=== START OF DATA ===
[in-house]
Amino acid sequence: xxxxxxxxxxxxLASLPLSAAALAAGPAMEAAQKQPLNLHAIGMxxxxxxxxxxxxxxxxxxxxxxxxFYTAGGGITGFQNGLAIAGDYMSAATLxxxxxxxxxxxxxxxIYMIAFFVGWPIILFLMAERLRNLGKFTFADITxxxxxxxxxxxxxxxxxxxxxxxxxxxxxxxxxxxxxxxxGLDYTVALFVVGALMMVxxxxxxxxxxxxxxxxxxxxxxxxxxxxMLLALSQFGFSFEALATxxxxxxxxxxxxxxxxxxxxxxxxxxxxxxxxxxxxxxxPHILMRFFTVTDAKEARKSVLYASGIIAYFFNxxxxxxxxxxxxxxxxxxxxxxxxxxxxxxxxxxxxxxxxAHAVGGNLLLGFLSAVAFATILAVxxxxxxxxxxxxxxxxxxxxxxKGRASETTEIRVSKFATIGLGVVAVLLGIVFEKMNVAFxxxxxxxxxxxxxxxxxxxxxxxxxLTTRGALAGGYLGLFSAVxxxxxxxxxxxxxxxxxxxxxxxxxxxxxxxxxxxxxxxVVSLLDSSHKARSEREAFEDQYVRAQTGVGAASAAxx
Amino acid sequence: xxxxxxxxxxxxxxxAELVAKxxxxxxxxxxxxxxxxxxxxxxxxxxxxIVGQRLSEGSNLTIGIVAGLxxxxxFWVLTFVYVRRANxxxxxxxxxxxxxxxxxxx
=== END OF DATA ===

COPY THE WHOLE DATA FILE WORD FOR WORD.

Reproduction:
[in-house]
Amino acid sequence: xxxxxxxxxxxxLASLPLSAAALAAGPAMEAAQKQPLNLHAIGMxxxxxxxxxxxxxxxxxxxxxxxxFYTAGGGITGFQNGLAIAGDYMSAATLxxxxxxxxxxxxxxxIYMIAFFVGWPIILFLMAERLRNLGKFTFADITxxxxxxxxxxxxxxxxxxxxxxxxxxxxxxxxxxxxxxxxGLDYTVALFVVGALMMVxxxxxxxxxxxxxxxxxxxxxxxxxxxxMLLALSQFGFSFEALATxxxxxxxxxxxxxxxxxxxxxxxxxxxxxxxxxxxxxxxPHILMRFFTVTDAKEARKSVLYASGIIAYFFNxxxxxxxxxxxxxxxxxxxxxxxxxxxxxxxxxxxxxxxxAHAVGGNLLLGFLSAVAFATILAVxxxxxxxxxxxxxxxxxxxxxxKGRASETTEIRVSKFATIGLGVVAVLLGIVFEKMNVAFxxxxxxxxxxxxxxxxxxxxxxxxxLTTRGALAGGYLGLFSAVxxxxxxxxxxxxxxxxxxxxxxxxxxxxxxxxxxxxxxxVVSLLDSSHKARSEREAFEDQYVRAQTGVGAASAAxx
Amino acid sequence: xxxxxxxxxxxxxxxAELVAKxxxxxxxxxxxxxxxxxxxxxxxxxxxxIVGQRLSEGSNLTIGIVAGLxxxxxFWVLTFVYVRRANxxxxxxxxxxxxxxxxxxx